Miami, The Big Orange, has always had a connected history with The Big Apple. Perhaps the most obvious is the amount of flights between La Gaurdia and Miami International, which means a constant flow of thoughts back and forth between the fashion capitols of the East Coast.
Now the two cities have another commonality. New York City has the Hearst Building, built by architects Foster and Partners, of London. Miami is sprouting a green core; with COR as its first green high-rise. This is all good with the mayor of Miami, Manny Diaz. Diaz sees the future of Miami’s success in melding new green concept architecture and development with the attitudes and technologies possible to keep Miami’s unique beauty a place of tropical joys, thriving on less dependency of old school energy sources, avoiding the smog and many dehumanizing factors that have occurred when other cities have become world class contenders. Diaz is a strong advocate of enforcing incentives for Miami and in Florida incentives for building green. This is similar to the Florida Keys now. Down there a point system rewards you for building and incorporating issues such as using cisterns rather then relying on water piped down from Miami-Dade County.
Planting the seeds for this high profile project is American Miami-based architect Chad Oppenheim of Oppenheim Architecture + Design. Working with Ysreal Seinuk, a favorite engineering collaborator, and energy consultant Buro Happold, Oppenheim has come up with a 25-story $45 million dollar architectural groundbreaker. It’ll be located at 4035 NE 2nd Ave, Miami Florida 33137. You can find realtors on the web selling spaces in it, even though ground was just broke July of 2007.
He’s growing a building here that is not shy to show its connection to the earth. As Oppenheim says in interviews, “for examples, with the wind turbines on the roof, it looks like a green building – whereas so many other sustainable projects look like generic buildings.” In fact, just one glance at one of the simulated photos of the building and people are stopping to learn more because of the beauty of its open “skin”. The buildings exterior is an eye-opening scattering of circular cutouts. Not just a decorative element even that hot and groovy new circular look to the Miami horizon has an earth friendly reason; it’s actually more efficient to have diagonally clad griding rather then vertical.
That’s what it’s about - beauty, efficiency and eco-friendliness. Like Oppenheim’s building CUBE where he redefined the box, COR is new, hip, and “un-square” growing up like a tropical coconut palm, sleek, beautiful and sustaining. COR includes photovoltaic panels, and solar heated hot water. That visually interesting structure provides a mass that is insulating and allows the temperatures to rise and fall efficiently inside; boasting gardens and shade so that residents can use the space to actually enjoy the special natural ambience of the of the city they have chosen to live in, bright skies, impressive night views, far off thunderheads and breezes blowing to the beaches.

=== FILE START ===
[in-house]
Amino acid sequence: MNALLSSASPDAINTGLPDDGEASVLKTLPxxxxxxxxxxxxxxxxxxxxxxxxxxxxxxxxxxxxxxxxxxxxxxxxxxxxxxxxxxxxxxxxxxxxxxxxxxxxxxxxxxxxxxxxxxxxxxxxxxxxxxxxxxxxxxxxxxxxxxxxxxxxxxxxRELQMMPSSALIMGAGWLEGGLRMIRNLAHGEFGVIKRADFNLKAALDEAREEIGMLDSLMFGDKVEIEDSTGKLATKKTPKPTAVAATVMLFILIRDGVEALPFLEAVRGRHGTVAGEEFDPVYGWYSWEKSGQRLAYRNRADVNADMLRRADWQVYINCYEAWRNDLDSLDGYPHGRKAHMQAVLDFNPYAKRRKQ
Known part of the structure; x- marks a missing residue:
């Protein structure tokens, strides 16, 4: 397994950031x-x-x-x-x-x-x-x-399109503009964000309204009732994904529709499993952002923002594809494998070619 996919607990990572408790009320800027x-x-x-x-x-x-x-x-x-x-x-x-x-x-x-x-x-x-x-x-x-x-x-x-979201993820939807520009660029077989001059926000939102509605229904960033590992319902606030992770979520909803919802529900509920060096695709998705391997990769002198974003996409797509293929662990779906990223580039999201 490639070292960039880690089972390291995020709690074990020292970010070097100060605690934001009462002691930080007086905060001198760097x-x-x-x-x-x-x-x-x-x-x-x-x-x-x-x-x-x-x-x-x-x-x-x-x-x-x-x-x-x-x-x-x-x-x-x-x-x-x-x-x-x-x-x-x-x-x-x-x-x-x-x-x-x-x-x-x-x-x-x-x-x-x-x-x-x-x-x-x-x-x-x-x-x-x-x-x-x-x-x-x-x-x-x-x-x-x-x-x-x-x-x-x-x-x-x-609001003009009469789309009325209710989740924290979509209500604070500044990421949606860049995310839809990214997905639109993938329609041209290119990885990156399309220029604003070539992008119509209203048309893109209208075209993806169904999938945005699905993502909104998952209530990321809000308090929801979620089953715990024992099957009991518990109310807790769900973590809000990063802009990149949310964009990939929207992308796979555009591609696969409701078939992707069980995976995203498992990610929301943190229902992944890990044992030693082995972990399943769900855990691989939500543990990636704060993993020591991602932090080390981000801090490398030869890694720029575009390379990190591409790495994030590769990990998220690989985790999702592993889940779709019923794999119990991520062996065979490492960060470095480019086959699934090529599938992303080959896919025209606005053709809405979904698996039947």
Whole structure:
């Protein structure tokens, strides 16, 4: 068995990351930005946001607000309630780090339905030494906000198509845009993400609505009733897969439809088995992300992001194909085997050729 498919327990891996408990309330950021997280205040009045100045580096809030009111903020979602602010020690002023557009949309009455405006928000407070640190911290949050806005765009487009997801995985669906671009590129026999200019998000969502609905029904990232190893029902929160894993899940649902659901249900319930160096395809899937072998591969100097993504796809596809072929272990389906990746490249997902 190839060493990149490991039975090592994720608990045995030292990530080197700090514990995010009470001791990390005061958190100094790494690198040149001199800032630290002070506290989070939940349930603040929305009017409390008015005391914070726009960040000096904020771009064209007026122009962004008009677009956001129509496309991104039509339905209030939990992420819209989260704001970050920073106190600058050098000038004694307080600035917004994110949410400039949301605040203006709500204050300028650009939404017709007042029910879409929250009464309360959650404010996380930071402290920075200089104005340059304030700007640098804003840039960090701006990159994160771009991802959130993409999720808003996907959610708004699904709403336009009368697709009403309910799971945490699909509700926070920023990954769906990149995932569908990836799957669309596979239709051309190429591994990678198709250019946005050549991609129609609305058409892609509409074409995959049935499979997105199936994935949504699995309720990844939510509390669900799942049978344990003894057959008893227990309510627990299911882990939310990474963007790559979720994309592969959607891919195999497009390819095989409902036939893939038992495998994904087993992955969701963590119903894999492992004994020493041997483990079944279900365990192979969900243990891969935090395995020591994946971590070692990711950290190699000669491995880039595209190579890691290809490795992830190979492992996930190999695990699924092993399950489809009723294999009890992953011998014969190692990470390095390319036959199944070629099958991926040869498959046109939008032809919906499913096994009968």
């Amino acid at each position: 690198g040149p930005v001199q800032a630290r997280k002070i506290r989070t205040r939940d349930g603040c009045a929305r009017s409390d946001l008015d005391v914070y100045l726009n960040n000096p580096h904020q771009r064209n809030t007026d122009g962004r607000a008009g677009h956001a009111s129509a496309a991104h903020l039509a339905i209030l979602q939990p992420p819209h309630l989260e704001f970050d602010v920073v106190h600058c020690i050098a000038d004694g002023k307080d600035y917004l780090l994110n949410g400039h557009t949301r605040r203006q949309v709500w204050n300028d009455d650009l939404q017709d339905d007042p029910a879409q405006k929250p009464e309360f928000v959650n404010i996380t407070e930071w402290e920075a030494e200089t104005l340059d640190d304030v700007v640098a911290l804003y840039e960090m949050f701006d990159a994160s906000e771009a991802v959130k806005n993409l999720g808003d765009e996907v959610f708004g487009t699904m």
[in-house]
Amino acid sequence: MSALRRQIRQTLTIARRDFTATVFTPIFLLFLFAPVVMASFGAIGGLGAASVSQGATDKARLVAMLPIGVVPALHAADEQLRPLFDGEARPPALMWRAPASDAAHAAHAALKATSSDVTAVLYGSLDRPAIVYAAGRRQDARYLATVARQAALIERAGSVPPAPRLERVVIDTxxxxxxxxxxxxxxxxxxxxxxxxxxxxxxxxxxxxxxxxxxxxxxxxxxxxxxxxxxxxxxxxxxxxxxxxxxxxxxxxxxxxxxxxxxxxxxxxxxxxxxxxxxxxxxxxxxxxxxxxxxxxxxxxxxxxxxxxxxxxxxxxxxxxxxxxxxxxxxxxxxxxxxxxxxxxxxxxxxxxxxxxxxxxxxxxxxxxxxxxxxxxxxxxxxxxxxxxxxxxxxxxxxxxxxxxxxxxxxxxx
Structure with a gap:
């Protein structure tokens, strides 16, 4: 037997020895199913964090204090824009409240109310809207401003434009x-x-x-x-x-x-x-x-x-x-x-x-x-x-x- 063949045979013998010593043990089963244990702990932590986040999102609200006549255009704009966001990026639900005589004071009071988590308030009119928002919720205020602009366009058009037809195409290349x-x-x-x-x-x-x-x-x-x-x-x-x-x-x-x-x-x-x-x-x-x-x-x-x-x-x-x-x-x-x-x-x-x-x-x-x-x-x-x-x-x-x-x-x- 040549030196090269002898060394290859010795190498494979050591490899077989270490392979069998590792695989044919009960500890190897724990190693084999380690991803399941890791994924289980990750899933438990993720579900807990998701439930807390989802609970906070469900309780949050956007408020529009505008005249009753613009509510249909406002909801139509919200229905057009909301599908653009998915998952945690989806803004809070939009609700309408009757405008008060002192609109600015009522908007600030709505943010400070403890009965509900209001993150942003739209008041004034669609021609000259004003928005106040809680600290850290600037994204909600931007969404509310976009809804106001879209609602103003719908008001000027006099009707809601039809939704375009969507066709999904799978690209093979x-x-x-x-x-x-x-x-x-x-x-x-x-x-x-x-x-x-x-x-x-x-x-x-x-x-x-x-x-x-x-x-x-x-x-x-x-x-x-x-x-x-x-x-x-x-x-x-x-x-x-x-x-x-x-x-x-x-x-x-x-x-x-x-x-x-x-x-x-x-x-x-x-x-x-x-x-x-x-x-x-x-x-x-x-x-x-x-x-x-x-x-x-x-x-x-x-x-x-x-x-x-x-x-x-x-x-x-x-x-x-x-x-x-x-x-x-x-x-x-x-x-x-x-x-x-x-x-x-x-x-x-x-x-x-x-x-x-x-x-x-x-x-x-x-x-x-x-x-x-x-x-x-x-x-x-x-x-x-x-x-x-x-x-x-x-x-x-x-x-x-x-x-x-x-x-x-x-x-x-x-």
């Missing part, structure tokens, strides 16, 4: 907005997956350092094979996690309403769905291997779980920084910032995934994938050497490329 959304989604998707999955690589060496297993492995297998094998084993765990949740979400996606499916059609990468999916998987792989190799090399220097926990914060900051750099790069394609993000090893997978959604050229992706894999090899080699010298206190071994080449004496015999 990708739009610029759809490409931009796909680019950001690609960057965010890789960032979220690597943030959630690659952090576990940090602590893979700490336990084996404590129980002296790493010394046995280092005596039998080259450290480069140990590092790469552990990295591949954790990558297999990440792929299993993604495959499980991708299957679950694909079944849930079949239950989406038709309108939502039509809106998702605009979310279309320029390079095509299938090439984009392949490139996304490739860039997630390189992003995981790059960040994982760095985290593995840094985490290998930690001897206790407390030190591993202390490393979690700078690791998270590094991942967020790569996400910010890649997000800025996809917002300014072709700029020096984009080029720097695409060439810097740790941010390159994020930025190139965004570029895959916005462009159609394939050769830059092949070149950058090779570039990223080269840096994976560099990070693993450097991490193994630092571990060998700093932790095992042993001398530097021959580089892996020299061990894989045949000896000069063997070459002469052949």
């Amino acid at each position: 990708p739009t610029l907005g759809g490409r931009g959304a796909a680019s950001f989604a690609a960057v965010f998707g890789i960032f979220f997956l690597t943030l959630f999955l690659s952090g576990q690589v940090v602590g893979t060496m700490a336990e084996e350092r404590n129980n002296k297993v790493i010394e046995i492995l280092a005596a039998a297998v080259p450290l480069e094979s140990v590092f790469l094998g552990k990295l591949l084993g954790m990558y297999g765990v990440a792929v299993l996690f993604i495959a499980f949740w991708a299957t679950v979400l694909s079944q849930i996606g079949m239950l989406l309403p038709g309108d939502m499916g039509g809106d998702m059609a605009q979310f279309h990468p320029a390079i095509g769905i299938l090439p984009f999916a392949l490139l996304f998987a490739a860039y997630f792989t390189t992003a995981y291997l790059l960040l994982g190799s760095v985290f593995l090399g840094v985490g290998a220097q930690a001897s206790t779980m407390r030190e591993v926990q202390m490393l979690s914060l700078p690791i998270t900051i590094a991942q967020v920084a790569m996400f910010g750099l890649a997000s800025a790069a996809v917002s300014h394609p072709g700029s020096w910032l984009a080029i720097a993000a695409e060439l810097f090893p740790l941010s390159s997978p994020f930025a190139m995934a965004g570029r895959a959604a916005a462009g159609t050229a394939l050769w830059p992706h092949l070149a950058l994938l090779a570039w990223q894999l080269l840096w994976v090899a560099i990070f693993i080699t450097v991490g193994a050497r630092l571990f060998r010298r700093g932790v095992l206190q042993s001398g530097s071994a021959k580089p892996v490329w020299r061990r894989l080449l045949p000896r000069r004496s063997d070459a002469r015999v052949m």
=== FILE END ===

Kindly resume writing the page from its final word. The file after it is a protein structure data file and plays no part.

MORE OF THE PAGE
Making a building green it makes sense to include in the a broader shape of community, keeping people near the things they need rather then cause them to get into a car adding to traffic and fuel uses. So far there are offices, a gym, café and retail store waiting to join this COR lifestyle. The building is going to be urban without a doubt, but will feature sustainable details like bamboo floorings and long lasting materials such as stainless steel home appliances.
Summing up his thoughts on how buildings like COR can be built and be not just environmental successes but financial triumphs as well, it appears that he agrees with Mayor Diaz when he says, “As architects, it is our responsibility to lead the way, but it ultimately takes great clients to follow the idea through. No one wants to pollute their environment or do something bad. Everyone wants to do green, but it all boils down to cost.” In COR’S case lessening the marketing costs by creating a building that almost markets itself. In Miami’s case the government providing incentives for architects working on eco-friendly projects.
Hopefully with the Apple and the Orange going green and doing it with aplomb, positive publicity, and fiscal success, the idea will grow. Architects and their clients will see the need and the market for innovation that returns two desirable shapes of green - greenbacks and green cities.
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